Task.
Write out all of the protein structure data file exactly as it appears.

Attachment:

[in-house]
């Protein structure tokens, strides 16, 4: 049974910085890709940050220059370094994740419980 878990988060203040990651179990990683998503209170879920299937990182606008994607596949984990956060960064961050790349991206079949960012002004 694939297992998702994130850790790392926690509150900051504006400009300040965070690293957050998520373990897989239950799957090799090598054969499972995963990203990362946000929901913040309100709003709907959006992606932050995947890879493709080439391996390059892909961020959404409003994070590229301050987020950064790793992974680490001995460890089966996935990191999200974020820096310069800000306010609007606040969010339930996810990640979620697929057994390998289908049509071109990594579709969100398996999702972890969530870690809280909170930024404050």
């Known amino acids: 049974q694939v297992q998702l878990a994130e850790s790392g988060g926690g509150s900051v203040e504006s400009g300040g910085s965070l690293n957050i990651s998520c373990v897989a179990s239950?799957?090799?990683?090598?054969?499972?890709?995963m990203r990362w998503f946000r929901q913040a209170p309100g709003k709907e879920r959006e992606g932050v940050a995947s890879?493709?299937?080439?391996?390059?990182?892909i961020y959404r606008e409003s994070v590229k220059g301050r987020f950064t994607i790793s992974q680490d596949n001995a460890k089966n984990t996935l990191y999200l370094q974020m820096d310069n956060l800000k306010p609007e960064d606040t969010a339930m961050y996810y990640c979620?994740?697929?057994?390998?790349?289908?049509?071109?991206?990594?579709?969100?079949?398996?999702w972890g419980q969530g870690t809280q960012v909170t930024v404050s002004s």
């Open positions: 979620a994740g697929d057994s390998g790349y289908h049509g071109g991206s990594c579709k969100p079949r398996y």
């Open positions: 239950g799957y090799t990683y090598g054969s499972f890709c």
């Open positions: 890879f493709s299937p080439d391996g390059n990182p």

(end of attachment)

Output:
[in-house]
């Protein structure tokens, strides 16, 4: 049974910085890709940050220059370094994740419980 878990988060203040990651179990990683998503209170879920299937990182606008994607596949984990956060960064961050790349991206079949960012002004 694939297992998702994130850790790392926690509150900051504006400009300040965070690293957050998520373990897989239950799957090799090598054969499972995963990203990362946000929901913040309100709003709907959006992606932050995947890879493709080439391996390059892909961020959404409003994070590229301050987020950064790793992974680490001995460890089966996935990191999200974020820096310069800000306010609007606040969010339930996810990640979620697929057994390998289908049509071109990594579709969100398996999702972890969530870690809280909170930024404050």
């Known amino acids: 049974q694939v297992q998702l878990a994130e850790s790392g988060g926690g509150s900051v203040e504006s400009g300040g910085s965070l690293n957050i990651s998520c373990v897989a179990s239950?799957?090799?990683?090598?054969?499972?890709?995963m990203r990362w998503f946000r929901q913040a209170p309100g709003k709907e879920r959006e992606g932050v940050a995947s890879?493709?299937?080439?391996?390059?990182?892909i961020y959404r606008e409003s994070v590229k220059g301050r987020f950064t994607i790793s992974q680490d596949n001995a460890k089966n984990t996935l990191y999200l370094q974020m820096d310069n956060l800000k306010p609007e960064d606040t969010a339930m961050y996810y990640c979620?994740?697929?057994?390998?790349?289908?049509?071109?991206?990594?579709?969100?079949?398996?999702w972890g419980q969530g870690t809280q960012v909170t930024v404050s002004s």
């Open positions: 979620a994740g697929d057994s390998g790349y289908h049509g071109g991206s990594c579709k969100p079949r398996y």
């Open positions: 239950g799957y090799t990683y090598g054969s499972f890709c």
């Open positions: 890879f493709s299937p080439d391996g390059n990182p």